Hope Star from Hope, Arkansas on December 23, 1948 · Page 16
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Hope Star from Hope, Arkansas · Page 16

Hope, Arkansas
Issue Date:
Thursday, December 23, 1948
Page 16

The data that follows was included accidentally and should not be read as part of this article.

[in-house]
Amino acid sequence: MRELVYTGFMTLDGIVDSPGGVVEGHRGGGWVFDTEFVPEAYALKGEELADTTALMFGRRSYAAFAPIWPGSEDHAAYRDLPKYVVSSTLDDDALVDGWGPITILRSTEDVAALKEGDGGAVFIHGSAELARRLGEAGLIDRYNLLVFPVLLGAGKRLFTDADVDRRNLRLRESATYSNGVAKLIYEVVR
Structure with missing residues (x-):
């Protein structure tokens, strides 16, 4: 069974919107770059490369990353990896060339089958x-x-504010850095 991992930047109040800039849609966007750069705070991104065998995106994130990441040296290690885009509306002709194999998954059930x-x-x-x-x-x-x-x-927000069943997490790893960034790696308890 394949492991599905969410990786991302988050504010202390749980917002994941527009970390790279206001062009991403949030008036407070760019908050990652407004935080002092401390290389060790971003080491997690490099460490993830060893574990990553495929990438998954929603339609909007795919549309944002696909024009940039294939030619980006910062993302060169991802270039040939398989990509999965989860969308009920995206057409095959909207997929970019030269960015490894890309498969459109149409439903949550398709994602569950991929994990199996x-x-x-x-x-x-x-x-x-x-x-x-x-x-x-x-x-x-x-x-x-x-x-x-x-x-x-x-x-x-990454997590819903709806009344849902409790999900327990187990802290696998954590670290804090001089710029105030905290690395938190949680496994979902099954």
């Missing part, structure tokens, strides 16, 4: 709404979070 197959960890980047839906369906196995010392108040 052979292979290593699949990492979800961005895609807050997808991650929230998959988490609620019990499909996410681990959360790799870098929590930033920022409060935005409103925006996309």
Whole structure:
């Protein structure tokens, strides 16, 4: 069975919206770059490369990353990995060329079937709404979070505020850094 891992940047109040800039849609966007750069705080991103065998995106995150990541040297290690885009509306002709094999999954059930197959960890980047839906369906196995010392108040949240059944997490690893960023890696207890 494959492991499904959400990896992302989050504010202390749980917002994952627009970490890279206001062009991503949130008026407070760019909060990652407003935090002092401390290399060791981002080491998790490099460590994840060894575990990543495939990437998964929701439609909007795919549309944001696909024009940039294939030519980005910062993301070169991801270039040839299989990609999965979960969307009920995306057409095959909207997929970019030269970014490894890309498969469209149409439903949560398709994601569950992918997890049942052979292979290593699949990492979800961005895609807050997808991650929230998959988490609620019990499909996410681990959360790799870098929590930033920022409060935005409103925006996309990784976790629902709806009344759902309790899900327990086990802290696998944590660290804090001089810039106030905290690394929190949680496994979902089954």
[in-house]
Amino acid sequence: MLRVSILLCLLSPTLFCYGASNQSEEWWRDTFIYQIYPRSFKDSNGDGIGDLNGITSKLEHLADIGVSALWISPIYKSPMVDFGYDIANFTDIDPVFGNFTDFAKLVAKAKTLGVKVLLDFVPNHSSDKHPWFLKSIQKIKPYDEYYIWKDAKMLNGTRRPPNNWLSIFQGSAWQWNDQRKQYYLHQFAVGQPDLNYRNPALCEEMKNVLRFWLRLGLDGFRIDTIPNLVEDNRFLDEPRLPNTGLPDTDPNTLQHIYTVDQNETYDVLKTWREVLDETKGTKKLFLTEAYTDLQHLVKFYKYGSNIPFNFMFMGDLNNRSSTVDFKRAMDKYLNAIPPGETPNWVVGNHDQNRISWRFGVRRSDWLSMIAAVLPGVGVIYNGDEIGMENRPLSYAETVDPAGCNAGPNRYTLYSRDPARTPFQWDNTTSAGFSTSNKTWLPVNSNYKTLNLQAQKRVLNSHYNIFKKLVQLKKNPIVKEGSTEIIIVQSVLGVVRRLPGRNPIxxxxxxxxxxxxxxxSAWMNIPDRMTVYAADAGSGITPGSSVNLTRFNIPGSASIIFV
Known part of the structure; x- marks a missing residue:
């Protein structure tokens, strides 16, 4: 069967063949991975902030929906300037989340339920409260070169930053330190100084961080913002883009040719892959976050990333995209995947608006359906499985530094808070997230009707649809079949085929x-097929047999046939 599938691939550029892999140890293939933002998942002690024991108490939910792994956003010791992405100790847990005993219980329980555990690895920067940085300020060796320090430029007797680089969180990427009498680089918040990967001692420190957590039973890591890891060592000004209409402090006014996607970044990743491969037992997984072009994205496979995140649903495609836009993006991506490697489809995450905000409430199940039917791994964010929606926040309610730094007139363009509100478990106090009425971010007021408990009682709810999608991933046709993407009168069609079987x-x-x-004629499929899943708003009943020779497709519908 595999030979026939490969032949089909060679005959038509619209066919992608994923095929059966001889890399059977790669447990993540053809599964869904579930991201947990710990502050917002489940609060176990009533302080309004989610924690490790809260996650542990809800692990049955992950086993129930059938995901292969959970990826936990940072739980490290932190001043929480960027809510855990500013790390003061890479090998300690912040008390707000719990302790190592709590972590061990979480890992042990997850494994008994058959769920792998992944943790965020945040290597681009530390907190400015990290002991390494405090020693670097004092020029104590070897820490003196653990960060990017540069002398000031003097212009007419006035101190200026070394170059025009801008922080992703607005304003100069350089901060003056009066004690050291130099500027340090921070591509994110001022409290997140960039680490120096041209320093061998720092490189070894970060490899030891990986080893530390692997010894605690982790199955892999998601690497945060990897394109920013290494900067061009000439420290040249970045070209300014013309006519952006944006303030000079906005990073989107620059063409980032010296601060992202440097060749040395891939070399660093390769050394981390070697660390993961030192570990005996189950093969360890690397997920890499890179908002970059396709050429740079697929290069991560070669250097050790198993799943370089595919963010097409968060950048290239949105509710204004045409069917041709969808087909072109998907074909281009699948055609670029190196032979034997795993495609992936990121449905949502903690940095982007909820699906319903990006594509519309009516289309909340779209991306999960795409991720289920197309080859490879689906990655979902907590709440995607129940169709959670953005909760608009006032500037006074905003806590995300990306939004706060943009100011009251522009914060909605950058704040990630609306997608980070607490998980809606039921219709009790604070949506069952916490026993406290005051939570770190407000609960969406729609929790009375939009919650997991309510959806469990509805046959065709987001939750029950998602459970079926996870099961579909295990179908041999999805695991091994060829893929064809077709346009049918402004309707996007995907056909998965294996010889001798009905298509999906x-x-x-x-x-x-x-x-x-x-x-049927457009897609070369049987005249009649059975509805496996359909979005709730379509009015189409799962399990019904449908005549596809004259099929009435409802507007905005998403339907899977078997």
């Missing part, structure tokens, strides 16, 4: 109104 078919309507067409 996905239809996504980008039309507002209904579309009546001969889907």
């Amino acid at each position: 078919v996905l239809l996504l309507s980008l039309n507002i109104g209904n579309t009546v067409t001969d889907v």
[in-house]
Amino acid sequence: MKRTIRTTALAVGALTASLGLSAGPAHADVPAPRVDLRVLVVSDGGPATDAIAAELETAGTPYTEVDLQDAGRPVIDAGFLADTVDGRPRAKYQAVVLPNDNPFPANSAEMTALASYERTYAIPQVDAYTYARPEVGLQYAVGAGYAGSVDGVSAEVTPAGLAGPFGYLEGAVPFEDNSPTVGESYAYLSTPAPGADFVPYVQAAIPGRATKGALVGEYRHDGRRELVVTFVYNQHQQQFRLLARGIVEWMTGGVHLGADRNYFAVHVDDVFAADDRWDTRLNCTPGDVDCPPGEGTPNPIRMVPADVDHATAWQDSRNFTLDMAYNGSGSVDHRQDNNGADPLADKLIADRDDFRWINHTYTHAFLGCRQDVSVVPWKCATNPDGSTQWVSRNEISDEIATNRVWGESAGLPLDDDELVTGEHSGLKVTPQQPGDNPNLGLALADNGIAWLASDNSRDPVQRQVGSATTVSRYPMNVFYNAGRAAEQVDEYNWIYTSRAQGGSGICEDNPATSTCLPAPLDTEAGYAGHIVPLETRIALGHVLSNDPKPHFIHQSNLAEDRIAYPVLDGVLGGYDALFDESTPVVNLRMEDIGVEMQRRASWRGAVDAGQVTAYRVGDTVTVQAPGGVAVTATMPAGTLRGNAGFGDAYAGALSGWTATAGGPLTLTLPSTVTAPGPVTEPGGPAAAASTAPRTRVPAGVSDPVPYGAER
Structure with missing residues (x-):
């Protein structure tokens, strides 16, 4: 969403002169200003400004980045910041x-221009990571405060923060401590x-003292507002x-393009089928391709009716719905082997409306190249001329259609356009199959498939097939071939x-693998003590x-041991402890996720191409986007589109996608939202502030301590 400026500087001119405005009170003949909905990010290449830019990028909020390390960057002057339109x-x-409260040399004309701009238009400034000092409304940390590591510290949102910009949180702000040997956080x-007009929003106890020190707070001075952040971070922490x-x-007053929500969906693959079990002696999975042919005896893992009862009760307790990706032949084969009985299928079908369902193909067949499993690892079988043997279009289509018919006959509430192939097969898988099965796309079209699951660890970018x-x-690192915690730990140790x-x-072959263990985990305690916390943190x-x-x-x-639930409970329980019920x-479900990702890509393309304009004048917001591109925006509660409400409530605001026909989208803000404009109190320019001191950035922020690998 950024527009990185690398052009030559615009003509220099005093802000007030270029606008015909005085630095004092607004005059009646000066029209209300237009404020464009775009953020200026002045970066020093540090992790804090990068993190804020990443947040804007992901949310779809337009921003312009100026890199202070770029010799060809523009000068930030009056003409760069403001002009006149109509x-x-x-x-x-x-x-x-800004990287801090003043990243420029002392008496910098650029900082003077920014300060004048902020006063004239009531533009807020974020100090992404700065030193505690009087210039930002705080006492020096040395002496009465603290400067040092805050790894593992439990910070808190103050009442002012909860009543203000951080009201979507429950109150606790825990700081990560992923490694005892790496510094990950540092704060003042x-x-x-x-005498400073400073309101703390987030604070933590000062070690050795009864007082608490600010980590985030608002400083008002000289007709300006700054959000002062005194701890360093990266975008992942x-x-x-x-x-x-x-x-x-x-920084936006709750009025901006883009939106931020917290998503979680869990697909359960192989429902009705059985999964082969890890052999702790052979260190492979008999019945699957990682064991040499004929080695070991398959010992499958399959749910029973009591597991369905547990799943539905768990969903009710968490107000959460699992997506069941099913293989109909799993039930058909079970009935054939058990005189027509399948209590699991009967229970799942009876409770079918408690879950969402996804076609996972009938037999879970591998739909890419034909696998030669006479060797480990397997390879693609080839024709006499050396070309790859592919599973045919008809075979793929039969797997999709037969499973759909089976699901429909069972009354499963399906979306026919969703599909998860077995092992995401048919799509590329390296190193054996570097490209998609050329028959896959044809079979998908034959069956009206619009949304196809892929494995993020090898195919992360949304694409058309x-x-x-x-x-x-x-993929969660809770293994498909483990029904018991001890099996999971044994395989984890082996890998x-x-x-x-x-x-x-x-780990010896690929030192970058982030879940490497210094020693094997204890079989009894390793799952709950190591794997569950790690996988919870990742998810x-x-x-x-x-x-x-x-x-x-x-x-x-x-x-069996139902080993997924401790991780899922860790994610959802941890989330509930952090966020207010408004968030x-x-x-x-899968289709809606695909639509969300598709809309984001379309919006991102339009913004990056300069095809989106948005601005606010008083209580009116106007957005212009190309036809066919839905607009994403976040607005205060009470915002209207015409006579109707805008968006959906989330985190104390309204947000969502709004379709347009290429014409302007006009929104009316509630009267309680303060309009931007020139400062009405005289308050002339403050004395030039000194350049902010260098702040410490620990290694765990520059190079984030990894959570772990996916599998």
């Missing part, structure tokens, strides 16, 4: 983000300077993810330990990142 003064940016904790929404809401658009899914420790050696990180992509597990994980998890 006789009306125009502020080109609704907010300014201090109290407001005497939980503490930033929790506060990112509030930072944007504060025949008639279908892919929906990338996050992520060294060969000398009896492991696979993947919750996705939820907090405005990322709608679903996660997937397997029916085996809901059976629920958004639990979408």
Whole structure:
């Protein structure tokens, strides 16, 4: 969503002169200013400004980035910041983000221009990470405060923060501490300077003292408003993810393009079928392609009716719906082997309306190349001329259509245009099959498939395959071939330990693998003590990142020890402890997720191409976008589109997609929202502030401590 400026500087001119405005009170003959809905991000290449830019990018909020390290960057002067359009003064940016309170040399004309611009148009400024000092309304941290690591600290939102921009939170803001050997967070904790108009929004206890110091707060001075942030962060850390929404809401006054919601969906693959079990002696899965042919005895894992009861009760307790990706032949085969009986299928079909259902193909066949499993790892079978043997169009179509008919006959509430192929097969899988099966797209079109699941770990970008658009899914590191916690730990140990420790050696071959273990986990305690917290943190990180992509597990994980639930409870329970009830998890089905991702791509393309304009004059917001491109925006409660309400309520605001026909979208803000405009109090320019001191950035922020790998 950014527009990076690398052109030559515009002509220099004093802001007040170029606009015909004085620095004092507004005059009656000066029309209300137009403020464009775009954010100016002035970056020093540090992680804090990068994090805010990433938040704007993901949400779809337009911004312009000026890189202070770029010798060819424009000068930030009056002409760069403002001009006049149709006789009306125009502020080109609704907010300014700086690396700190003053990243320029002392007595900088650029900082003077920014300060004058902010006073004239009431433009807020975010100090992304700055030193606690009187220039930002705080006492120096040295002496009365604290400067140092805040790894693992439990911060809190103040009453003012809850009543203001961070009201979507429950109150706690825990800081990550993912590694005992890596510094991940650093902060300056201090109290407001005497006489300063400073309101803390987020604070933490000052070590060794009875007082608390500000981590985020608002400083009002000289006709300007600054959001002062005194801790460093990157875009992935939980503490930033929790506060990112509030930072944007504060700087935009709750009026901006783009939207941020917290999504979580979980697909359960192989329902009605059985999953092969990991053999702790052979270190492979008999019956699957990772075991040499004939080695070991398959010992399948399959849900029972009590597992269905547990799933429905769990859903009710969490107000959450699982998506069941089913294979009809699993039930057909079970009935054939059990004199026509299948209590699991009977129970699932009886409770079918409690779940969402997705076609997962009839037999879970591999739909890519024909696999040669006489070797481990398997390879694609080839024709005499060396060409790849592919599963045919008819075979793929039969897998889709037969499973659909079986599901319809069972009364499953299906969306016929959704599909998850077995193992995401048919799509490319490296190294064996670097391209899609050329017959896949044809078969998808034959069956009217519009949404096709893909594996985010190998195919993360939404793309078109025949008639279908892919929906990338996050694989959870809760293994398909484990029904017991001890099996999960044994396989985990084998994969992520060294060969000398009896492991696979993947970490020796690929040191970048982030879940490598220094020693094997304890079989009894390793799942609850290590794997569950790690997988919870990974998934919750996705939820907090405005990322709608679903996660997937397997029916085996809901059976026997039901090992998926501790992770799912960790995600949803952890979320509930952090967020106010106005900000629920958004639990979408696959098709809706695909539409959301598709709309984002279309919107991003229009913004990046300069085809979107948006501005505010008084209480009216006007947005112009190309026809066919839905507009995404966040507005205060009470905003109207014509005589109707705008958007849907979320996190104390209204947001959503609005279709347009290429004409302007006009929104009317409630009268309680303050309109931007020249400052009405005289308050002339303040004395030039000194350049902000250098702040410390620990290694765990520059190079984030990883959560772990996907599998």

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Page Sixteen * Our Beer too Potent. In Hot Springs, an Oklahoma woman was brought into poico court for being intoxicated. She ox- plained thai Arkansas beer was "too strong," that she was accustomed to the 3.2 beer served in Oklahoma. "It just struck me sort of sudden like," she added. Officials, Comedian to Fly to Europe in New Plane Washington, Dec. 21 — (UP; — (Vice Presi-k'iit-clect Alhcn W. 'Barklcy air Secretary W. Stuart I Symington and Comedian Bob Hope I will fly to Europe tomorrow in the Greenlee Sheet & Metal Co. Phone 895 fro Make Decorations ofXmas^Tree If basement or spare room space permits set up a Saint Nicholas temporary workshop for family and community recreation. It is fun to make your own Christmas tree decorations, says Lorraine Blackwood, home demonstration agent. Equip the workshop with a pair of tin snips, new and old Christmas ribbons, a jammer, ice pick pair of pliers, small jars of bronze silver and bright., cttldred enamel, small paint brushes, buttons, beads, air force's swank and controversial new plane. Barklcy and Symington will spend Christmas with American airmen flying the Berlin airlift. Hope will join a group of enter- tamers giving a series of Yuletide shows for air force personnel. .. ^fcntly a story got out that the plane was outfitted originally for Gov. Thomas E. Dewey oi New York on the assumption that he would be the next president. But Dewey denies it. And President Truman reportedly has rejected the plane as "too fancy." HOPE STAR, HOPE, ARKANSAS Man is as Old as His Ability and Apparently Joe Stalin Is Doing Fine at the Age of 69 Thursday, December 23, 1948 By DEWITT MACKENZIE AP Foreign Affairs Analylst A man is as old as his ability to fhink. On that basis Joseph Stalin is doing better than all right as he passes the 0!) year mark. There have been many reports that communism's head man wasn't well. However, news dispatches from Moscow say that all available evidence indicates he is in good hcalllh. In any event, the generalissimo remains the big boss whoso word is law. This means his ability to think fast is unimpaired. You can't remain dictator of a world power and make mistakes in judgment. I here are too many ambitious underlings after your job. Thai's a fact not to be over looked at this crucial juncture in empty tin cans, plenty of string and any other discards that look like they might have hidden possibilities. - Then let each individual's ideas be a guide for his or her creative undertaking. Bottoms and tops of tin cans, removed with a rim can opener, will served dozens of purposes for the person with imagination. For handling tin and tin snippers be sure to have heavy work gloves to protect (he hands. Suggestions for the use of tin discs cut from the top or bottom of a number 5 or 10 can is a sparkling star for the top of the tree. Just divide the circular edge in five equal parts, draw the necessary lines, then with the tin snip- pers cut out the star. In one point make a hole with hammer and ice pick. Through this hole insert a length of stovepipe wire. The ends of this can be twisted to form an upright stem which will wrap around the top branch of the tree to strengthen it and keep the star in an upright position. Now you are ready to paint the star with silver, bronze, or colored enamel. Other uses for tops, bottoms or sides of tin cans arc too numerous to mention Small stars, circles, squares and triangles, or even daisy-like flowers may be cut out with the tin snips. One hole should be placed near an edge or corner to lie a string through. The string should be green or of an inconspicuous color and long enough to tic to the branches of the tree, allowing a few inches between tree and ornament. This will let them swirl in the breeze. Either paint these little ornaments or leave them as they are. Next, try your luck at making a bell with a clapper. Let it be a flat .silhouette type or, by use of the pliers, flute a disc of tin into a bell shape. Add a clapper and a string for tying to the tree. Bolshevism's war against "capital islic imperialism." For just as Sta hn is generalissimo in the Soviet Union, so ho is commander in chief of Communist revolutionaries the world over. His is the voice of Mos co w. Thus when Bulgarian Premier Georgi Dirnitrov—ono of commu nism's powerful leaders— predicts an extension of the Red revolution in the orient, we may be sure it's Stalin speaking. Dimitrov made this forecast in addressing the Bui garian Communist party, and rep roscntalivcs of 18 foreign Commu nist parties, in Sofia. He also de clarcd that what ho termed the British-American bloc cannot endure. Dimitrov said the "peoples of Indonesia. VietNam, Burma and other colonial countries" strug gling for independence, and he emphasized the importance of the Chinese Communist victories, 'add ing: "The forces of democracy among 500,000,000 Chinese people already are outweighing the forces of rcac tion." Well now, these upheavals in Asia aren't all isolated manifosta lions which have just "happened". True, some wore spontaneous, but Moscow inspired others and is co ordinating Ihe whole of Ihem into the groat new Red offensive which is sweeping the orient. This is the second front which Russia has opened against the Western powers as her drive in Europe has been slowed down by fierce opposition. Moscow's pur pose of course is to divide the re sources of the West by this attack on both sides of the globe. And when we are talking of resources in terms of "ready money", we have our Uncle Sam in mind— as who doesn't? The devilish cunning of this Mos cow strategy lies in the fact that Russia is getting others to fight her battles for her. It isn't Rus sians who are fighting in China and VietNam and Burma and where not. Moscow provides skilled agents to direct, but the other fel lows absorb the bullets. In the case of China the Nationalists charge that the Russians even are sending Japanese prisoners of war to fight in the Chinese Communist ranks. The general headquarters in the field for this great offensive is in Bangkok, Siam. There Moscow has established a branch of the Comin form—successor to the Comintern, or general staff for world revolu tion. However, the general policies for conduct of this twofront, world upheaval are developed in Mos cow. That's where Stalin comes in. He's the top man who is credited by the rank and file of his follow ers with never making a mistake. Bread is Better When Baked Quickly Bread and rolls baked quickly until medium brown hold more thiamine, a B vitamin added to enriched flour, than when baked slowly until dark brown. Home Demonstration Agent Lorraine Blackwood reports that tests in home economics laboratories at Cornell University show that rolls hold more of this vitamin during baking process than bread. This probably is because they are baked in half 'the time. The tests indicate that a large proportion of the thiamine added in flour enrichment may be retained in yeast breads. Baking time and temperature seem to be most important in saving it. Bread baked 40 minutes at 400 degrees Fahrenheit held the most thiamine, she states further. More was lost in breads baked more slowly. Whether bread is mixed by sponge-dough or straight-dough method makes only a slight difference in the thiamine retained. The number of times the dough is allowed to rise seems to have little baked in half the time. Studies show that rolls with the least crust hold thiamine best. As bread and rolls are baked to a darker crust, more thiamine is lost. Solicitous Cabbie. A cab driver, nabbed in Little Rock for making a u-lurn in the middle of a street, explained that he had observed a low tire on a police car which was preceding his cab down the street. The cabbie lost the police car momentaily to discharge a fare. In an effort to catch up with the police cruiser and notify the officers of the condition of the tire, the cabbie turned his car around in the middle of the street and was spotted by a patrol man, who handed out a ticket. It cost the cabbie a $1 fine in tr*c fie court. ^ U/'Jbk- rCu-uxe-h-c- Kjej-ixemJa [DISHES MISS HENRY'S BEAUTY & GIFT SHOP Phone 252 Our pleasant associations inspire sincere, appreciation. May your Holiday Happiness and Good Cheer continue with you throughout the coming twelve months THE JOVS OF TH E PHONE 37 V it's been our happy privilege for a Song, long time, to send our Christmas greetings each year to those of you whom we have had the pleasure of serving. W© look forward each year to this occasion, principally because we learned long ago the value of loyal friendships. Each year we strive to add more friends to our list. if we have not had an opportunity to serve you in the past, we invite your consideration. We will do our best to please. And to those of you whom we have been associated for many years, here's our usual, yet genuine, "Merry Christmas"* 220 W. Second St. YOUR FORD DEALER FOR OVER 28 YEARS Hope, Ark. Phone 277 - 299